Beyond the tools themselves, there is a substantial list of new "blending modes" supported in Krita 2.4's layers. The blending mode is the property of a layer that tells Krita how to combine its pixels with the pixels underneath it — which is particularly important for alpha-transparent regions. You may be familiar with Photoshop or GIMP's standard options, such as "Normal," "Multiply," "Subtract," "Hard Light," "Soft Light," and so on. Some these are simple descriptions of what math is applied to the pixels (e.g., "Multiply"), while others are designed to emulate real world media, such as transparency film physically overlaid.

The new Krita release adds more than twenty modes of both types; from "Geometric Mean" to "Grain Extract." Many of them are blending modes that artists are already familiar with from Photoshop (including Grain Extract), and Krita's implementations are identical. Ensuring this compatibility also entailed adjustments to some of the existing blending modes, which could theoretically be an annoyance to an artist with existing Krita documents making use of them, but is a far better approach in the long run.

In another multiple-tool change, all of the painting tools can now take the source color that they paint with not just from a single, pre-selected color value, but also from gradients, pattern images, or a randomized color source. That allows you to define more complex brush strokes that change color along the way — as well as to paint with random colors, although I have yet to see a truly awe-inspiring work of randomly-colored art.

Pre-sets: you versus the world

A lot of work has gone into enhancing the pre-set system in this new release, perhaps making it a more visible improvement for the average working artist than is any individual brush engine. The issue at hand is that all of Krita's brushes offer a glut of user-tweakable settings: there are always multiple tablet sensor mappings (pressure, tilt, etc), plus brush size, shape, and opacity, blending mode and color source, and there are parameters unique to each individual engine. There is no "best" combination of settings, even for a particular project. In practice, artists want to adjust the settings to fit the situation, and save the most useful combinations of settings for later use.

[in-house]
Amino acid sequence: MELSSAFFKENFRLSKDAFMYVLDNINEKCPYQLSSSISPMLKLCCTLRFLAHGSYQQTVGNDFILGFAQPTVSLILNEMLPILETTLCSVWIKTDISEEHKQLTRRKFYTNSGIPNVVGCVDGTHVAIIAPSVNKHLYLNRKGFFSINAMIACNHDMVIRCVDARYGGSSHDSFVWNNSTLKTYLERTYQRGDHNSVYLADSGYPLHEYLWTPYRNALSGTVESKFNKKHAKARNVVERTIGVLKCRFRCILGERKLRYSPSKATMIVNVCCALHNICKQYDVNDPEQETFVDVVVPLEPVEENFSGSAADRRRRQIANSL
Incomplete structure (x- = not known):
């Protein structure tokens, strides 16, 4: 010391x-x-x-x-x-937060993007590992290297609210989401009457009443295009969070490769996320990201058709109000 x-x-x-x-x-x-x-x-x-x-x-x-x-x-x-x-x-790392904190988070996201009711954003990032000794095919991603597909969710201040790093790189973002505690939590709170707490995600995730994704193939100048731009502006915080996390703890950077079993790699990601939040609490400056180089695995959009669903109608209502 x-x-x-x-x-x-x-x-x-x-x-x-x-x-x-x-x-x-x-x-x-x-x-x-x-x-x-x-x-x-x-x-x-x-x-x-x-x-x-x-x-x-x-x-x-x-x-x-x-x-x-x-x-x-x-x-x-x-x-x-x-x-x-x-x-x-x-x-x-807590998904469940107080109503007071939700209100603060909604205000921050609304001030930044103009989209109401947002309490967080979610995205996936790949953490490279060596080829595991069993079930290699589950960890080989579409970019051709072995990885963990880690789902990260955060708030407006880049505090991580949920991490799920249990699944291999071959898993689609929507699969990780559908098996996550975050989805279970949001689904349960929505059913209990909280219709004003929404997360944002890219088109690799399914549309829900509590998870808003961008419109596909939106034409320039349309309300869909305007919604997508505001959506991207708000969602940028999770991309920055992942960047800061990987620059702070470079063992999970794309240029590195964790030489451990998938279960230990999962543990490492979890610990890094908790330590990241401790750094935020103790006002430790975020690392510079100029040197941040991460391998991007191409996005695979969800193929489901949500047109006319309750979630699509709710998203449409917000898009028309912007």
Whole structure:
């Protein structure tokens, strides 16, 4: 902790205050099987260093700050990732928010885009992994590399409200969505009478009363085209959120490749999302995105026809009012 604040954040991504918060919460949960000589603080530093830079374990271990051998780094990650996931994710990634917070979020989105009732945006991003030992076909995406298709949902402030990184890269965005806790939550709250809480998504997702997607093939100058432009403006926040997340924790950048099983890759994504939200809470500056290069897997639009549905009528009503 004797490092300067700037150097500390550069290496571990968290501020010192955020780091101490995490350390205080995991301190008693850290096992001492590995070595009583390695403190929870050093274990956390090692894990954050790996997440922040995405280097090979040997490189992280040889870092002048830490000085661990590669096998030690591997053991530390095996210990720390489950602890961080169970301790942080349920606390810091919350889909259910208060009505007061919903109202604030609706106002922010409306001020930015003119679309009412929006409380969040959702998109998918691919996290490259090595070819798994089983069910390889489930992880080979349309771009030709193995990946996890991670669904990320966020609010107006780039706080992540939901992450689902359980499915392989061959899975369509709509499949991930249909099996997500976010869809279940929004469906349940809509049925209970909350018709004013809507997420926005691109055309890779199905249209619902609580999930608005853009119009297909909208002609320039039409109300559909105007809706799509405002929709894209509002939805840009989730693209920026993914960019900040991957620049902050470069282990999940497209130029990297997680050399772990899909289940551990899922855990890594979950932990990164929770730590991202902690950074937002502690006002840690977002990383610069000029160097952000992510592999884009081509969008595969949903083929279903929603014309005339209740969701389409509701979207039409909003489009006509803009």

2.4 makes this substantially easier, with a "preset editor." Saved presets are accessible in the paintbrush drop-down menu at the top of the canvas, as well as in a dockable tool palette that you can place anywhere on the screen. You can assign names, keyword tags, and a short description to each pre-set to assist your memory later. The pre-set editor also has a small sample canvas onto which you can paint, either to test your settings as you make adjustments, or to save as a thumbnail for the pre-set browser.

Pre-sets are an invaluable feature — if you have ever worked with the dodge and burn tools in GIMP trying to freshen up a photograph, you may notice that it is easy to forget exactly what settings worked best. With [Screenshot] the ability to save pre-sets, you have a recourse. But what is more intriguing is that Krita pre-sets can be shared with other users via the Get Hot New Stuff (GHNS) protocol. GHNS is supported in some other KDE applications, but its appearance in Krita is a first for the open source creative suite. Other applications have a web-based interface to GHNS "resource repositories," but Krita integrates GHNS brush pre-sets into the existing pre-set framework. You can choose to upload your own pre-sets and browse or download those shared by others.

It has long been possible to share brushes, gradients, and other resources between the major open source graphics applications, but it used to require downloading separate files and dropping them into the appropriate hidden directories in your home folder. GHNS offers is a far better experience — akin to Inkscape's built-in Open Clip Art Library downloader. I like the trend quite a bit; Michael Terry's AdaptableGIMP project (which we covered in May 2011) has a similar feature for retrieving GIMP task-sets (essentially macros), and Krita's menus have space for macros and tutorials, too. Together all of these features make a good argument that in-browser "web apps" are not the only viable approach to collaborative editing, and I hope that we will see more.